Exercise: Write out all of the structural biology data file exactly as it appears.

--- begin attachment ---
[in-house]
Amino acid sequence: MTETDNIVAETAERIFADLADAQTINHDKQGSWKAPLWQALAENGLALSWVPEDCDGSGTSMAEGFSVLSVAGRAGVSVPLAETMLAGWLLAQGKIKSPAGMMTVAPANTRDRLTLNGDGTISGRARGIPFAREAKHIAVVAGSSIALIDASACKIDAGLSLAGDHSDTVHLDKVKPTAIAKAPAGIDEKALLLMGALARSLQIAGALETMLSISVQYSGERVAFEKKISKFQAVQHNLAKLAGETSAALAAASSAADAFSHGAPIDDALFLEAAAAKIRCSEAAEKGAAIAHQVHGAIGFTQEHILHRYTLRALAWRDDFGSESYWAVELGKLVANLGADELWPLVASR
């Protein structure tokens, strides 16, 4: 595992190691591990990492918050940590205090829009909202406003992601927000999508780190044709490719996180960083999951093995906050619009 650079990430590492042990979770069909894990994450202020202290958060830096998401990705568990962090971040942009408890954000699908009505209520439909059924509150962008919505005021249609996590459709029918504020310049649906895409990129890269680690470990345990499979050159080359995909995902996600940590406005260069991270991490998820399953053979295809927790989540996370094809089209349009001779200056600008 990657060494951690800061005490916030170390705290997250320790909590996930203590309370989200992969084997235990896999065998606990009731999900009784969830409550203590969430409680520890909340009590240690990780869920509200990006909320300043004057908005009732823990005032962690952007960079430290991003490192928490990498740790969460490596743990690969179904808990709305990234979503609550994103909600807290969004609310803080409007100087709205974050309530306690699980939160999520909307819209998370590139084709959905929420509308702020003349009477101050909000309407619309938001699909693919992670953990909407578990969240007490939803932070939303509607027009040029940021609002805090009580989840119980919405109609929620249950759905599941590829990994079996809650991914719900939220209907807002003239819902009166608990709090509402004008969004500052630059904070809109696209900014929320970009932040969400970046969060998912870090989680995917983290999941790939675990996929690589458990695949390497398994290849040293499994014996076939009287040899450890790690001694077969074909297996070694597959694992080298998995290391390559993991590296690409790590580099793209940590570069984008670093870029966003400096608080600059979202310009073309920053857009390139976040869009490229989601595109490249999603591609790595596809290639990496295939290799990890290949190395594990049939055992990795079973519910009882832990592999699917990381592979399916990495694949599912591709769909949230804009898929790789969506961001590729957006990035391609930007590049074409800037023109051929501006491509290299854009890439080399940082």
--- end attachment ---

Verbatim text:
[in-house]
Amino acid sequence: MTETDNIVAETAERIFADLADAQTINHDKQGSWKAPLWQALAENGLALSWVPEDCDGSGTSMAEGFSVLSVAGRAGVSVPLAETMLAGWLLAQGKIKSPAGMMTVAPANTRDRLTLNGDGTISGRARGIPFAREAKHIAVVAGSSIALIDASACKIDAGLSLAGDHSDTVHLDKVKPTAIAKAPAGIDEKALLLMGALARSLQIAGALETMLSISVQYSGERVAFEKKISKFQAVQHNLAKLAGETSAALAAASSAADAFSHGAPIDDALFLEAAAAKIRCSEAAEKGAAIAHQVHGAIGFTQEHILHRYTLRALAWRDDFGSESYWAVELGKLVANLGADELWPLVASR
């Protein structure tokens, strides 16, 4: 595992190691591990990492918050940590205090829009909202406003992601927000999508780190044709490719996180960083999951093995906050619009 650079990430590492042990979770069909894990994450202020202290958060830096998401990705568990962090971040942009408890954000699908009505209520439909059924509150962008919505005021249609996590459709029918504020310049649906895409990129890269680690470990345990499979050159080359995909995902996600940590406005260069991270991490998820399953053979295809927790989540996370094809089209349009001779200056600008 990657060494951690800061005490916030170390705290997250320790909590996930203590309370989200992969084997235990896999065998606990009731999900009784969830409550203590969430409680520890909340009590240690990780869920509200990006909320300043004057908005009732823990005032962690952007960079430290991003490192928490990498740790969460490596743990690969179904808990709305990234979503609550994103909600807290969004609310803080409007100087709205974050309530306690699980939160999520909307819209998370590139084709959905929420509308702020003349009477101050909000309407619309938001699909693919992670953990909407578990969240007490939803932070939303509607027009040029940021609002805090009580989840119980919405109609929620249950759905599941590829990994079996809650991914719900939220209907807002003239819902009166608990709090509402004008969004500052630059904070809109696209900014929320970009932040969400970046969060998912870090989680995917983290999941790939675990996929690589458990695949390497398994290849040293499994014996076939009287040899450890790690001694077969074909297996070694597959694992080298998995290391390559993991590296690409790590580099793209940590570069984008670093870029966003400096608080600059979202310009073309920053857009390139976040869009490229989601595109490249999603591609790595596809290639990496295939290799990890290949190395594990049939055992990795079973519910009882832990592999699917990381592979399916990495694949599912591709769909949230804009898929790789969506961001590729957006990035391609930007590049074409800037023109051929501006491509290299854009890439080399940082």